University of Arizona College of Optical Sciences (Optical Sciences Center)

    Nico Bloembergen and Galina Khitrova in 1999

    Nicolaas and Professor Galina Khitrova in 1999. Galina passed away in June 2016.

    Nico became a visiting professor at the University of Arizona College of Optical Sciences in 1996, and was appointed Professor of Optical Sciences in 2001. His research encompassed nuclear and electronic magnetic resonance, solid state masers and lasers, nonlinear optics and spectroscopy, nonlinear polarizability, and extension of the laws of reflection and refraction.

    For many years Nico came into his office several days per week, and his door was always open to anyone. He was willing to meet with visitors, faculty and students. How could a student not come to optical sciences if they knew they could talk with a person of Nico's caliber whenever they wanted?

    "Nico was both an icon in the optics and physics world, as well as a warm, generous and caring person," says Thomas L. Koch, Dean of the College of Optical Sciences. "We were very fortunate to have him as a faculty member here at OSC since 2001. He enriched our community in many ways, and we will miss him greatly."

    Professor Galina Khitrova and Nico had a close collegial friendship, both from their passion for optics as well as their similar successful immigration and U.S. citizenship histories. She was pivotal in organizing his much celebrated 90th birthday. Nico was an enthusiastic tennis instructor for Galina, who was still new to the game. She and her husband hosted a tennis tournament at his 90th birthday party and it was one of her close Russian friends that painted a portrait of Nico that hangs in the Optical Sciences building.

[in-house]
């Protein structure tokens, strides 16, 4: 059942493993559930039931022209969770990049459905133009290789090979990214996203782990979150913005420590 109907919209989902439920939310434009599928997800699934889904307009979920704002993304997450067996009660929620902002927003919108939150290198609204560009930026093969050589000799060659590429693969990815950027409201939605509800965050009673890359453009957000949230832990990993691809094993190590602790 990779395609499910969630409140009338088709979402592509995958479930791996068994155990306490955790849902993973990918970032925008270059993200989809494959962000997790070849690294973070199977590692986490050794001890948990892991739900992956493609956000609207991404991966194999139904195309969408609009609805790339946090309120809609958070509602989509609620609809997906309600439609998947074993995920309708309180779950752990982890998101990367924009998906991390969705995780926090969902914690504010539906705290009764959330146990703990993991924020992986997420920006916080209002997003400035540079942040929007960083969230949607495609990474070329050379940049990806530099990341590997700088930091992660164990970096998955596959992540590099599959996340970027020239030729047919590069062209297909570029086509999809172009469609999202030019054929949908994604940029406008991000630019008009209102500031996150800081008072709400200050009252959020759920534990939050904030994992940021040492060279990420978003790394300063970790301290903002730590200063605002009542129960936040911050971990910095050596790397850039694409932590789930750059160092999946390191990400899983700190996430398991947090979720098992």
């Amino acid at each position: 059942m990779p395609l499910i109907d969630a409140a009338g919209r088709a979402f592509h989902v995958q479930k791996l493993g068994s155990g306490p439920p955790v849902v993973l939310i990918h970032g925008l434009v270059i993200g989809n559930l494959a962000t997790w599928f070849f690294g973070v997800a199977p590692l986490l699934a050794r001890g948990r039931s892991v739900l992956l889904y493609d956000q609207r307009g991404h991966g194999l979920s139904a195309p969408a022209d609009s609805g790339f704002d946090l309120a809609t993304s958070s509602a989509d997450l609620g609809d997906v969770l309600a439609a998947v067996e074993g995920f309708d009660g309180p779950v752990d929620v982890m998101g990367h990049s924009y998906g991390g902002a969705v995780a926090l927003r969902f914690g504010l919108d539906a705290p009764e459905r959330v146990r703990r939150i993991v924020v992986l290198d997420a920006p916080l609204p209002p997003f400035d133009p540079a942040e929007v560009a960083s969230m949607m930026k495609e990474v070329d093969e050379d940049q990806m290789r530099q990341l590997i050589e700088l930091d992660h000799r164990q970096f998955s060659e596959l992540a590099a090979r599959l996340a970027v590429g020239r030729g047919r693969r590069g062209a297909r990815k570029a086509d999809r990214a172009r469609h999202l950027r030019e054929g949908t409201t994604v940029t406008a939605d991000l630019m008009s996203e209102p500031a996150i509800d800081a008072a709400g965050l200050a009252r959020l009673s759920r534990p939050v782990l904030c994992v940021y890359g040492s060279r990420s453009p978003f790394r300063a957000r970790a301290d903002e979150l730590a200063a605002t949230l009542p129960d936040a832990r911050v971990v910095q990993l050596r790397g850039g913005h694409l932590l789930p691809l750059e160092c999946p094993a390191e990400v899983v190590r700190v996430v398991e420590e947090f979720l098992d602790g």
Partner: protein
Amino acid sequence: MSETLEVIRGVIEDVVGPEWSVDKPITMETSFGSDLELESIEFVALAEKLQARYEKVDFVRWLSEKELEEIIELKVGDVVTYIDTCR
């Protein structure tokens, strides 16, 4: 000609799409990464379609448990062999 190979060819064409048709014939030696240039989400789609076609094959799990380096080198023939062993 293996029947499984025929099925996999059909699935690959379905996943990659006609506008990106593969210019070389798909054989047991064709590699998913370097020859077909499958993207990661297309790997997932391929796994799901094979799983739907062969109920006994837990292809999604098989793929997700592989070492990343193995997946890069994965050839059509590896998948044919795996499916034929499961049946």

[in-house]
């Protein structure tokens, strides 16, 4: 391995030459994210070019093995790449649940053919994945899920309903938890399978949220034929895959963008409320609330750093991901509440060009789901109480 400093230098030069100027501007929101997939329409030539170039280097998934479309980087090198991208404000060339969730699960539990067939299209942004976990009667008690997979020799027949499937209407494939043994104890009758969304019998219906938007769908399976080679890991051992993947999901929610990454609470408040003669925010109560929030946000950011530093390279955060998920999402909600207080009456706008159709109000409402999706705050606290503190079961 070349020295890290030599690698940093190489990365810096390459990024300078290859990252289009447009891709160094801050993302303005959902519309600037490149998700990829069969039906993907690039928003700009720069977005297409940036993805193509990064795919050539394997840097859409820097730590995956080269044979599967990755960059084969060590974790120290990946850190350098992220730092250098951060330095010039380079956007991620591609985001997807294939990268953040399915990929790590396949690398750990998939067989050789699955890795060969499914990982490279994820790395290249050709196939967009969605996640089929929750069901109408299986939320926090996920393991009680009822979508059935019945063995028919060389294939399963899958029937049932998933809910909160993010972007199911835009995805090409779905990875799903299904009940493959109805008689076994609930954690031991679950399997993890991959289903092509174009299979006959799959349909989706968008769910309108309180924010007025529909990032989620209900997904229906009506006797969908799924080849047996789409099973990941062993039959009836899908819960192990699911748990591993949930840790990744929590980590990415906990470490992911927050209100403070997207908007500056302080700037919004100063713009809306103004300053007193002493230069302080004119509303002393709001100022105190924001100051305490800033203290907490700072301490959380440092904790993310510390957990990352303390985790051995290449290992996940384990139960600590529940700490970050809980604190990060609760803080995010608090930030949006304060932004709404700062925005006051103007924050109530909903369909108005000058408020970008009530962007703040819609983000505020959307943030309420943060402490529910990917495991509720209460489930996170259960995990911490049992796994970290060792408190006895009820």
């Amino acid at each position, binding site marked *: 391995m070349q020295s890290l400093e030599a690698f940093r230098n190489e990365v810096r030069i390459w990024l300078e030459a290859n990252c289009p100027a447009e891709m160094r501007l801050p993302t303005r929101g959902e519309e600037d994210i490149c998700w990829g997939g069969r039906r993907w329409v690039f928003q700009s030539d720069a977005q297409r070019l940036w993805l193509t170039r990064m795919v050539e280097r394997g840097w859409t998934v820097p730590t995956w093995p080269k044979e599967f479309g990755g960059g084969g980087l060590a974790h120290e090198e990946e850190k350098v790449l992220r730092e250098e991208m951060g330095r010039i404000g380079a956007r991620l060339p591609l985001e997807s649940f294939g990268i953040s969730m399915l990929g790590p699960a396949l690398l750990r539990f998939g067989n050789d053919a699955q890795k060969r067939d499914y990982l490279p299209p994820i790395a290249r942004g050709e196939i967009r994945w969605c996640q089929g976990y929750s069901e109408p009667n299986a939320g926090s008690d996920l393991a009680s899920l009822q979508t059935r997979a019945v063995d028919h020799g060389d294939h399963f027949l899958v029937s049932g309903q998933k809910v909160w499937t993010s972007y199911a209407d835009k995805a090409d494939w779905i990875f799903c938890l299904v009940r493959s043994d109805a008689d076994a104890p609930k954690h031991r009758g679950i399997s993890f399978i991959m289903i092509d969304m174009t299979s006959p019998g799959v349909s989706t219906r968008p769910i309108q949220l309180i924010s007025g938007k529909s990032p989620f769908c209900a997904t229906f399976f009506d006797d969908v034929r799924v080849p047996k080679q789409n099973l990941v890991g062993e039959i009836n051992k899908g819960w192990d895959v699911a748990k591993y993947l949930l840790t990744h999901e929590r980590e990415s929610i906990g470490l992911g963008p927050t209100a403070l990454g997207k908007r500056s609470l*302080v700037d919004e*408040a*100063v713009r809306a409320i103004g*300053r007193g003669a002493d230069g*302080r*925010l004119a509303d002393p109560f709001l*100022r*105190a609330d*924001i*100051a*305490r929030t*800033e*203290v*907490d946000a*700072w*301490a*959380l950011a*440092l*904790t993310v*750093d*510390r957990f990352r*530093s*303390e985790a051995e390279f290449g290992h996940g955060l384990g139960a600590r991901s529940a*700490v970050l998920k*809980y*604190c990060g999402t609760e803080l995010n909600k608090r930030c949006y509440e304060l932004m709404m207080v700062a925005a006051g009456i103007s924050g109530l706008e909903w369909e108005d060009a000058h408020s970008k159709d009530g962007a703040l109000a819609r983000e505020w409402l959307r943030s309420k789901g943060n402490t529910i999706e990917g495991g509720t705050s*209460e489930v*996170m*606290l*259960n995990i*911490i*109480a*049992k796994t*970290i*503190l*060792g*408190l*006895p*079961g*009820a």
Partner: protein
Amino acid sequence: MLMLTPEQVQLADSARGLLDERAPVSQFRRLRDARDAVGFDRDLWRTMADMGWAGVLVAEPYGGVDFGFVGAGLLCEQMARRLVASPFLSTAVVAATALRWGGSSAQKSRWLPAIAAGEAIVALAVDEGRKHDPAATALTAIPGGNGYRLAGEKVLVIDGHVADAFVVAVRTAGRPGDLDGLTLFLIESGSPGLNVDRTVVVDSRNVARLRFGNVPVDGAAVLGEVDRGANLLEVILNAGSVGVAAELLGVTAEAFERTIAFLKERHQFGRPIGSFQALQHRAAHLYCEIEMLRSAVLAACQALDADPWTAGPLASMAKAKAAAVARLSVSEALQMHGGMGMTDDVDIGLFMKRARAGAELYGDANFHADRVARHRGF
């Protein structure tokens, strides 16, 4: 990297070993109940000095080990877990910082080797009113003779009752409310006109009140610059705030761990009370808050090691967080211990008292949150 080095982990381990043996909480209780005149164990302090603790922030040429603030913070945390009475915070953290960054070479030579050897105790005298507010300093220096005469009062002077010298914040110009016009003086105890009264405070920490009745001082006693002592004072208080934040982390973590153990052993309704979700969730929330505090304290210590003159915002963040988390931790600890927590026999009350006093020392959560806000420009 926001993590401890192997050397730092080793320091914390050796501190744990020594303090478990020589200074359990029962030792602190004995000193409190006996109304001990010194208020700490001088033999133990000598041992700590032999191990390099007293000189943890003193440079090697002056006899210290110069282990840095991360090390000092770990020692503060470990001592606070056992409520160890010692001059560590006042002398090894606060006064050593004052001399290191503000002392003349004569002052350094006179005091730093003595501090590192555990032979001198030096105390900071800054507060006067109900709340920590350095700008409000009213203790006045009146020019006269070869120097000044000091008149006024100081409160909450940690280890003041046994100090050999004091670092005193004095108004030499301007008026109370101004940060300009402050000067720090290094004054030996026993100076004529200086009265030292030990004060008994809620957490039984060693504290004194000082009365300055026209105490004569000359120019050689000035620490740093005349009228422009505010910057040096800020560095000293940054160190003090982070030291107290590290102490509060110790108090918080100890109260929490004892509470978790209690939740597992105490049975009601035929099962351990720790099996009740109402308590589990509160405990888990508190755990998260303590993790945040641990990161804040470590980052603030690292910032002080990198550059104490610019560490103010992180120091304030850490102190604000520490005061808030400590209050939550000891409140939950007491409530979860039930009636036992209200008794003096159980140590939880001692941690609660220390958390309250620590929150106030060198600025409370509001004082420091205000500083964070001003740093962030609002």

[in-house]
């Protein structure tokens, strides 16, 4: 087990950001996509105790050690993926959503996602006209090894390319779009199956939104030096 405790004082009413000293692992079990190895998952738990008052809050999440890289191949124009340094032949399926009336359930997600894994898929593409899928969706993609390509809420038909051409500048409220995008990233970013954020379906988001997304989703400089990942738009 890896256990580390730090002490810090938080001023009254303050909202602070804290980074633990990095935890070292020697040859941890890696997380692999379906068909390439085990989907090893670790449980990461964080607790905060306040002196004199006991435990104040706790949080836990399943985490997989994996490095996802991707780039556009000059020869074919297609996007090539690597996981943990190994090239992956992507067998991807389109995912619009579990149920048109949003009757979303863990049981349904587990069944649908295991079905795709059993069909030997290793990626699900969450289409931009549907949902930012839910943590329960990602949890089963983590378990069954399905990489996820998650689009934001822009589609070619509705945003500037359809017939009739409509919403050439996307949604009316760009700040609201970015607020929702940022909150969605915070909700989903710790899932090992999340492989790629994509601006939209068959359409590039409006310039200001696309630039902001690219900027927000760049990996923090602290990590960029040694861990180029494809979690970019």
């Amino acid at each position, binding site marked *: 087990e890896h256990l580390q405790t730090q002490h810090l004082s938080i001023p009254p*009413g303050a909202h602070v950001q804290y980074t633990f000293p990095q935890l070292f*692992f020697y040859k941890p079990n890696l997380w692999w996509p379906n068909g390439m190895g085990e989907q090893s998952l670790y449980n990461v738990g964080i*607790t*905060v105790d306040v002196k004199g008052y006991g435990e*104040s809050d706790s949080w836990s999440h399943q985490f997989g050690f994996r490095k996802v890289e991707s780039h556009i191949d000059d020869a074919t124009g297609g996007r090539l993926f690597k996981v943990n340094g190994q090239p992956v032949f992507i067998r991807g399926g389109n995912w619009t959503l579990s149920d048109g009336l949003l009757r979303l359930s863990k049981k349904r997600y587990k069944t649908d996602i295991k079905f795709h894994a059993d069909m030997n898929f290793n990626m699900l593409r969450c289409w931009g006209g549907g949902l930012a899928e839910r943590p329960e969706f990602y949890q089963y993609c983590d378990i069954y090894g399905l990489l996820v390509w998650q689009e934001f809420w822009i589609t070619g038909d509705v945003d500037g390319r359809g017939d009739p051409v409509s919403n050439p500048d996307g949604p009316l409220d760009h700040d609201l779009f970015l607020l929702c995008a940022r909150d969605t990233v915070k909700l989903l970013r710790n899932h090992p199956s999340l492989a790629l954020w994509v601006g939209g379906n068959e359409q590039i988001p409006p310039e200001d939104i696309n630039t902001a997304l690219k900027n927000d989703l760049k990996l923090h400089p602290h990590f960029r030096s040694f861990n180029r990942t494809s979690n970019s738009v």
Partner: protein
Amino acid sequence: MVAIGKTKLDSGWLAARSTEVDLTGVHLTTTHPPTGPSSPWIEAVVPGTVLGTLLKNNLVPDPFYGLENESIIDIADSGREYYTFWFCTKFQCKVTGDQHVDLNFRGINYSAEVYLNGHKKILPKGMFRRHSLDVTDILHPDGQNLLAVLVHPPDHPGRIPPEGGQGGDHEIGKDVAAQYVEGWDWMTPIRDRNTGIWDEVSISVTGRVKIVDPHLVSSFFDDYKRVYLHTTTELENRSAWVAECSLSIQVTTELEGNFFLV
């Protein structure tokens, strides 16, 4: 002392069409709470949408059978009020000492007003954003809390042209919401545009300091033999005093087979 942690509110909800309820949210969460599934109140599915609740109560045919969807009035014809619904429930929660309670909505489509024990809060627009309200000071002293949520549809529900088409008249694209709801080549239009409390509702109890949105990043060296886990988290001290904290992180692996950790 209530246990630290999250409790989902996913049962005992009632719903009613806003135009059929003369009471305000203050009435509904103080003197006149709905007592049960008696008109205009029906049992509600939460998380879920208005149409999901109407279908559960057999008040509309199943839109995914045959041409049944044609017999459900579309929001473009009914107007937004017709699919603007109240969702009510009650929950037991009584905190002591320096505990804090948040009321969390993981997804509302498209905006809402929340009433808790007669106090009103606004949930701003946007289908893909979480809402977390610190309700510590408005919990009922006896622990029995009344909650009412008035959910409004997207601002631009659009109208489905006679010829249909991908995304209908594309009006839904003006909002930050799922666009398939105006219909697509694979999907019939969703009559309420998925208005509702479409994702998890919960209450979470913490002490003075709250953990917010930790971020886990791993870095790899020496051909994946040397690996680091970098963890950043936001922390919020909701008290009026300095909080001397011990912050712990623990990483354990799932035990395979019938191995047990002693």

When asked about Galina's sudden passing in 2016, Nico recalled Galina's tennis tournament. "Galina had organized a tennis tournament on her private court. I was destined to win the game because I was teamed up with a German champion player," Bloembergen said. "She adopted me and my wife, Deli, as substitute parents. I also recall the summer of 2015 when Galina took us up to her retreat in Summerhaven at the top of Mount Lemmon. We enjoyed the environment of this small but artistic retreat in the mountains, including the flow of Russian delicacies for lunch and dinner. She drove us back home before dark." 

    In 2005, John A. Armstrong and his wife Elizabeth, of Amherst, Mass., established the Nicolaas Bloembergen Graduate Student Scholarship at the College of Optical Sciences in honor of Bloembergen and his revolutionary research. Armstrong was a postdoc on Bloembergen's team at Harvard. In 2015, the scholarship was further strengthened with a generous donation made by Nico and his wife, Huberta, as well as Dr. James Wyant, making it a FoTO (Friends of Tucson Optics) scholarship, which is awarded to a first-year graduate student at the college.